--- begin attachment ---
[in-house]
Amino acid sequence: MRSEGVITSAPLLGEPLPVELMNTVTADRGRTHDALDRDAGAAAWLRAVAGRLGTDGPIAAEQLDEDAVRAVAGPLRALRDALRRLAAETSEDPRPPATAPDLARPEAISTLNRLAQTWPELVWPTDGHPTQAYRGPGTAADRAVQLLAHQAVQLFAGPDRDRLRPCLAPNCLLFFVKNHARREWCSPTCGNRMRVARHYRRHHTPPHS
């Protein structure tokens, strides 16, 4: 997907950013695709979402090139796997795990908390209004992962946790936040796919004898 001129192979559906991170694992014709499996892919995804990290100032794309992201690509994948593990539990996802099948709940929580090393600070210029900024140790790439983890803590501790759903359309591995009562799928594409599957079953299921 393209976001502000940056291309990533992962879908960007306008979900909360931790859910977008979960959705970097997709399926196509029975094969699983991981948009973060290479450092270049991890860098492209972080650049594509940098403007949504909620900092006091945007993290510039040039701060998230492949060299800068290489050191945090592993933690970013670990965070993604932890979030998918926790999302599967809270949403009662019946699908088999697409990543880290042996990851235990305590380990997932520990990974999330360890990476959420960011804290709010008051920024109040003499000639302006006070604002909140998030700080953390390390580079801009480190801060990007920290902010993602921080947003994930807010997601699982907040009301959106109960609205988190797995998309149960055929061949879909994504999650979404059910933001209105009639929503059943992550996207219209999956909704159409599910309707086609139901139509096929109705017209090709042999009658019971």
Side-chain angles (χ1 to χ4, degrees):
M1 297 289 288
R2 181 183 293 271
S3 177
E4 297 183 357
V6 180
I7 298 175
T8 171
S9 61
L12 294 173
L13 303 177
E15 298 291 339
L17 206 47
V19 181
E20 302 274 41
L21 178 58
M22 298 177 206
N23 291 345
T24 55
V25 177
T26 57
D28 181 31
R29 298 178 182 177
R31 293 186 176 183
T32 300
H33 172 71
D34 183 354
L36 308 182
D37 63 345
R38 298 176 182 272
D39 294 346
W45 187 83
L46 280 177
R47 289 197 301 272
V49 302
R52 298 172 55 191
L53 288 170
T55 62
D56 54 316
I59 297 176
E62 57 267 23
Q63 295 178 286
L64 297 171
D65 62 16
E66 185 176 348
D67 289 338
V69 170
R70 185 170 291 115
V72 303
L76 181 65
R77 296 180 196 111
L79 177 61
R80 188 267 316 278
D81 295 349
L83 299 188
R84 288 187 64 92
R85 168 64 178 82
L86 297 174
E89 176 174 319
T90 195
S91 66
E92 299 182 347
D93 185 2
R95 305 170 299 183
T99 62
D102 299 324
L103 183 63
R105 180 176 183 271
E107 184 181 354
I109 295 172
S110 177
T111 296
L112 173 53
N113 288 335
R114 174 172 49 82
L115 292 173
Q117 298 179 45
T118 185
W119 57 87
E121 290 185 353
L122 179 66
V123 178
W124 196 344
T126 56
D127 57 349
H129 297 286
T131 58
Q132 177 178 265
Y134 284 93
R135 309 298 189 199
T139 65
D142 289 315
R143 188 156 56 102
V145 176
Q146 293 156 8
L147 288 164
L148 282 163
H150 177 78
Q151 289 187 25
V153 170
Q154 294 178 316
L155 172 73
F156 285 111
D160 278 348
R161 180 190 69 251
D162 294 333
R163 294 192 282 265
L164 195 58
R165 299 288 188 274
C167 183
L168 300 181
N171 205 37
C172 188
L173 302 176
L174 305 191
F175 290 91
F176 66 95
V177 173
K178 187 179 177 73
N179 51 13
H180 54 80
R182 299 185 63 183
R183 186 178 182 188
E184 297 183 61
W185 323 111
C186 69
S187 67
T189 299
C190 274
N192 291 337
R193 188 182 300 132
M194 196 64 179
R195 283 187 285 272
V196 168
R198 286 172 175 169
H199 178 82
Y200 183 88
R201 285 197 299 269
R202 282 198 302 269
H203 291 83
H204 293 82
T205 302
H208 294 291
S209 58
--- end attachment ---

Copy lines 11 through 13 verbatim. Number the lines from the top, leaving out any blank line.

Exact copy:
T8 171
S9 61
L12 294 173